Washington Post’s biggest Pinocchios of 2013

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Check out Glenn Kessler’s top picks for biggest Pinocchios of 2013 and post your thoughts in the comments!

The biggest Pinocchios of 2013

By Glenn Kessler, Washington Post

It’s time for our annual round-up of the biggest Pinocchios of the year. This was not a presidential election year, so in some ways the subjects that needed to be fact checked were more substantive. In reviewing The Fact Checker’s more than 200 columns in the past year, we found an interesting evolution from statistics about gun violence to claims about President Obama’s health-care law. Our general rule of thumb held: the more complex a subject is, the more tempted politicians are to make misleading claims.

President Obama ended up with three of the most misleading claims of the year. But, despite the urging of some readers, his statement that “I didn’t set a red line” on Syria is not among them. We had looked closely at that claim and had determined that, in context, it was a bungled talking point, so that statement actually earned no rating.
As always, that and other rulings were met with vehement objections from some readers. The Fact Checker thanks the readers who have offered thoughtful rebuttals to our conclusions. In some cases, in light of new information, we adjusted Pinocchio ratings.

In compiling this list, we primarily focused on claims that had earned four Pinocchios during the year. We also tried to focus on issues of broad interest, such as gun control, health care and the size of government. To keep it simple, we have shortened the quotes in the headlines. To read the full column, click on the link embedded in the quote.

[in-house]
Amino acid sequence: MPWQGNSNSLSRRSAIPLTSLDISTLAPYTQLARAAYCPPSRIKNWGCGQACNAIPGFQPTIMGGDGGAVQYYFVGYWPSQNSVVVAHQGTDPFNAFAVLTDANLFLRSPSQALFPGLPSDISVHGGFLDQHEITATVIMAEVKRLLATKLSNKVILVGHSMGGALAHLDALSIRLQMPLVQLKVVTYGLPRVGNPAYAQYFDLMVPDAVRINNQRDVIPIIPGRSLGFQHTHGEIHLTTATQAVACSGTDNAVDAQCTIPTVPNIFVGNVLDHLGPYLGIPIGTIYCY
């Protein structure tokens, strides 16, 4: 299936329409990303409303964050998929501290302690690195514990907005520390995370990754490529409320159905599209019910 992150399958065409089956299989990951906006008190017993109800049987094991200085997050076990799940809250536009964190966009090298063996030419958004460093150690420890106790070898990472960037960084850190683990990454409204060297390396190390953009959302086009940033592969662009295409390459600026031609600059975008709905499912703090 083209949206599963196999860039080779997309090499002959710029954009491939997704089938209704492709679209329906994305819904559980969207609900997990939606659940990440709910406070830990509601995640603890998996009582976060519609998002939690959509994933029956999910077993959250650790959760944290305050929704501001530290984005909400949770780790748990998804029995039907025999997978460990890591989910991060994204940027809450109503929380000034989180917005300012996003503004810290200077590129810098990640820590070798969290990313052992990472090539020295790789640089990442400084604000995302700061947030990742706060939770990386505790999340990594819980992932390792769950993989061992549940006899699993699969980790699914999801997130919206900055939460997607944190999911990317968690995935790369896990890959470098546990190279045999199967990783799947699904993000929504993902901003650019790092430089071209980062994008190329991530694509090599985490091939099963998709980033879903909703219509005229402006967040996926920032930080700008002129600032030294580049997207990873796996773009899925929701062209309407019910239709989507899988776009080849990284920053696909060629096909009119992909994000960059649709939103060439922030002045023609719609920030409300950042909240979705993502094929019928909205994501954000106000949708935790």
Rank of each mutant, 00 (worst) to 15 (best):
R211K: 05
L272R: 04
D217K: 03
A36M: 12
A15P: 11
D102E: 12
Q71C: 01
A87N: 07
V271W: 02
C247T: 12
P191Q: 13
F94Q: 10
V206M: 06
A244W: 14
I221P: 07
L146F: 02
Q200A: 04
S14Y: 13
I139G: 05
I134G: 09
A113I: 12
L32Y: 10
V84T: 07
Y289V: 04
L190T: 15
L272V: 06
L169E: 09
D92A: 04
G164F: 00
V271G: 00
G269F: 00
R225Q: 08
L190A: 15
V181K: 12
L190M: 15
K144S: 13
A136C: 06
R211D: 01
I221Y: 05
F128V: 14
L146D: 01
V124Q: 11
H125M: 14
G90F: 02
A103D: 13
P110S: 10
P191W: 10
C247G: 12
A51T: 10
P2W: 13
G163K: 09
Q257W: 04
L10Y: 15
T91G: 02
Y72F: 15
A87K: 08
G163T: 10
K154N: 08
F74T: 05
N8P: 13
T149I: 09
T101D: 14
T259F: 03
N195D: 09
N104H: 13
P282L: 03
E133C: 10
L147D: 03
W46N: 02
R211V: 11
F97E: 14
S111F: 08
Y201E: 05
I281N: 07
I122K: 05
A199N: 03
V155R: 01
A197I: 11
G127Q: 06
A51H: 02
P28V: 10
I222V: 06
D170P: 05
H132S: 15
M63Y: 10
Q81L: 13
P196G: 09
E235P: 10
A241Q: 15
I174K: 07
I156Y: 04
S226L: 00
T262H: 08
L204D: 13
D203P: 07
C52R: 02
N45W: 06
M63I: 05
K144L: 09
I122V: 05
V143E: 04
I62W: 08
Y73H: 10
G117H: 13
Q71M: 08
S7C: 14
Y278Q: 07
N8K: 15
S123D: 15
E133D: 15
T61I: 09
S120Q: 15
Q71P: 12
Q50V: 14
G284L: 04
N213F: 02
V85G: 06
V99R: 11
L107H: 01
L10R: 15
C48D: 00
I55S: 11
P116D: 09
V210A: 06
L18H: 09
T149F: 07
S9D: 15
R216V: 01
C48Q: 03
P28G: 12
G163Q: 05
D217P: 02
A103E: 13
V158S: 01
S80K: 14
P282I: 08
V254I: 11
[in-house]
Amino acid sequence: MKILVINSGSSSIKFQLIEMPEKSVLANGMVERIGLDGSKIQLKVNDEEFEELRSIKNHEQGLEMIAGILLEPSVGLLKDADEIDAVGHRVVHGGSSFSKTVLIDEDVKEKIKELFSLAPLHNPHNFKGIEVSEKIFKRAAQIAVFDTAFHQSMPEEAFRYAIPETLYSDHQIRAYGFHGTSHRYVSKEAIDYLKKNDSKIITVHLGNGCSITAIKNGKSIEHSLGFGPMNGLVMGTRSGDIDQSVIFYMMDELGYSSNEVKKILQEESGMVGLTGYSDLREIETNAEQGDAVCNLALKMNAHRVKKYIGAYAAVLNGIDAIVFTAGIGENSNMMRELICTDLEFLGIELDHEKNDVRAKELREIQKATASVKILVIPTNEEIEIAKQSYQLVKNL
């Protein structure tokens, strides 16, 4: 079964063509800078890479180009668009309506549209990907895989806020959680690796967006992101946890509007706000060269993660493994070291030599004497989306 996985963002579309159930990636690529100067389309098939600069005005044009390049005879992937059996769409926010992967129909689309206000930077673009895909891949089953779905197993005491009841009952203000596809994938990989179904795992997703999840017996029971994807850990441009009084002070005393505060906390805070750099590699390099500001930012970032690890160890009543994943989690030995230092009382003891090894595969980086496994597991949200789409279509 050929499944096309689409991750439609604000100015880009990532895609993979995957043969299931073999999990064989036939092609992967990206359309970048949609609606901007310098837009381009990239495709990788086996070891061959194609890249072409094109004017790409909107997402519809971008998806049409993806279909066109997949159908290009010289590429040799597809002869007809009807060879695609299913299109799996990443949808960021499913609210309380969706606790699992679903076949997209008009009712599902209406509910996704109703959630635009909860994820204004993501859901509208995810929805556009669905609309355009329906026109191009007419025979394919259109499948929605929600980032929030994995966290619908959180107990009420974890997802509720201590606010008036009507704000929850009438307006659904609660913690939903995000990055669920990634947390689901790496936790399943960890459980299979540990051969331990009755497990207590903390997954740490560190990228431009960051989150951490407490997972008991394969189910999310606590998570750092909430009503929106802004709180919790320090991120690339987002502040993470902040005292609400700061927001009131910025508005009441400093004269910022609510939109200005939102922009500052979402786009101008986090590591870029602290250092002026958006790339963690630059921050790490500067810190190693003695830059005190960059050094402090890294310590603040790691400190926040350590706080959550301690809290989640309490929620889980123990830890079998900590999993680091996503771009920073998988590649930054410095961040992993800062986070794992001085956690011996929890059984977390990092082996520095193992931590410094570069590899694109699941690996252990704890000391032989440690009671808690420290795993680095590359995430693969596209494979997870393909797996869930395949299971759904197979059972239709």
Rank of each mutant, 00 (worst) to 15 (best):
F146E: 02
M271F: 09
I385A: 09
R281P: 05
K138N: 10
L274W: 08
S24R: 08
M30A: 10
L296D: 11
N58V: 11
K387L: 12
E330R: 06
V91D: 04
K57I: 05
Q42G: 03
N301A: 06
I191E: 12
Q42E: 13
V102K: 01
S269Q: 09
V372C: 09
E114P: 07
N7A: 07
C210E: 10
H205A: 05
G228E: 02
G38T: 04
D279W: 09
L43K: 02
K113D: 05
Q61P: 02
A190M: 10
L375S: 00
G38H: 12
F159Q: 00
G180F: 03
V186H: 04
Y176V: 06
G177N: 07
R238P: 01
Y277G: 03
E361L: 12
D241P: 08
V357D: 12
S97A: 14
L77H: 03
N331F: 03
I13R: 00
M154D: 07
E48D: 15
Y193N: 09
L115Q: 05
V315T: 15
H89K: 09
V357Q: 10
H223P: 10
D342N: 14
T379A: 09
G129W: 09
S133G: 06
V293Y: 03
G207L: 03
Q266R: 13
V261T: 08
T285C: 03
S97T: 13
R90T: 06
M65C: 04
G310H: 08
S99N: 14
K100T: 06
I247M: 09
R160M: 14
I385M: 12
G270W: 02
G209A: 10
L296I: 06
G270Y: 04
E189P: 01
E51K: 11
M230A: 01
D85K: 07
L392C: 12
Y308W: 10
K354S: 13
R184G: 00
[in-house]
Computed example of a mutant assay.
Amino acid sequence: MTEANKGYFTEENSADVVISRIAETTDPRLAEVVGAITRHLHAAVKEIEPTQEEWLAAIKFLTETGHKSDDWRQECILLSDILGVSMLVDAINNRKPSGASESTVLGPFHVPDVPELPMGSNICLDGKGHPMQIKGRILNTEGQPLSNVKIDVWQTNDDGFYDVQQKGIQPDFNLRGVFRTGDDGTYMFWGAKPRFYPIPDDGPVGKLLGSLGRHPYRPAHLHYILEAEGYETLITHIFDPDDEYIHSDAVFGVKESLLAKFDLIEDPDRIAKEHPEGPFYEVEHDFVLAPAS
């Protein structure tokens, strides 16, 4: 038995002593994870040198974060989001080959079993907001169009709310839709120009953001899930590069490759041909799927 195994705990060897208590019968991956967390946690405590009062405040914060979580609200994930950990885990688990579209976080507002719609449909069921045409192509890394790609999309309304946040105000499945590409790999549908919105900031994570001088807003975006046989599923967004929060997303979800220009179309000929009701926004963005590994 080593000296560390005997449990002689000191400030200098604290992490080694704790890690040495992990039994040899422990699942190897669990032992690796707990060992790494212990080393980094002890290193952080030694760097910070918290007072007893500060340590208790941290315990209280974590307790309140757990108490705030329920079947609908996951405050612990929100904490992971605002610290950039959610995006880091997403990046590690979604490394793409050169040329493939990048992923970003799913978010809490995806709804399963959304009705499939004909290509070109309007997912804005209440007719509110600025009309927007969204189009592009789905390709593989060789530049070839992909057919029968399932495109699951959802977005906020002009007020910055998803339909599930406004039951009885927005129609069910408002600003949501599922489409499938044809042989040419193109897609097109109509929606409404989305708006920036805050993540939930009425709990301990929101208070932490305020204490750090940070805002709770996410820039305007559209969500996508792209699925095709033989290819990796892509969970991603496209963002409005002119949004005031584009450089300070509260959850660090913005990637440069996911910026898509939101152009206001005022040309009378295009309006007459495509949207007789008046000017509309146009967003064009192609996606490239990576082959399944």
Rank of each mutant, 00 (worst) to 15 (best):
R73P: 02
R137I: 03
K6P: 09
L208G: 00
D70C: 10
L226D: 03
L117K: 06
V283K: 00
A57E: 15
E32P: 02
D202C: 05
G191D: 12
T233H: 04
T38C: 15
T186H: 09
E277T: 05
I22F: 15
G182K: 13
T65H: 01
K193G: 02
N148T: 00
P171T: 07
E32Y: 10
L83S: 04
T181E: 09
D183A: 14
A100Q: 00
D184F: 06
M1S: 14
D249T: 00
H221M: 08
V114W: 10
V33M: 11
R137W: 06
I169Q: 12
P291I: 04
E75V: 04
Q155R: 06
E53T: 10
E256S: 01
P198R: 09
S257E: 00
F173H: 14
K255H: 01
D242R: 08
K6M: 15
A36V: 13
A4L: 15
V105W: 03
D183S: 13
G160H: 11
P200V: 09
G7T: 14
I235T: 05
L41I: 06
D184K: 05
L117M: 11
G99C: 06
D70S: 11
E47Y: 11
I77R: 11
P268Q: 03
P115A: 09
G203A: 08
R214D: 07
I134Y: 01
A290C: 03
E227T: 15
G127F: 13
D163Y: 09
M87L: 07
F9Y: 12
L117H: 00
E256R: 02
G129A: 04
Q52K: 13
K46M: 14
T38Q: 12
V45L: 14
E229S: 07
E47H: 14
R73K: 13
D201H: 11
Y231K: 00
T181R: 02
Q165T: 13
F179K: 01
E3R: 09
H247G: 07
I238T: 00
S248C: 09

“If you like your health-care plan, you can keep it.”

This memorable promise by President Obama backfired on him when the Affordable Care Act went into effect and millions of Americans started receiving cancellation notices. As we explained, part of the reason for so many cancellations is because of an unusually early (March 23, 2o10) cut-off date for grandfathering plans — and because of tight regulations written by the administration. This was our most popular fact check of the year — and Obama’s pledge also was also named PolitiFact’s “Lie of the Year.”

“Obama’s kids are protected by armed guards at their school”

The National Rifle Association, in a tough television ad on gun-control measures and in a longer four-minute video presentation, highlighted what it saw as “elitist” hypocrisy by Obama because his children are “protected by armed guards at their school.” While the law requires the president’s children to have Secret Service protection, the ad clearly referred to armed security guards at Sidwell Friends School. But the guards there do not carry guns, so the ad was based on a false premise.

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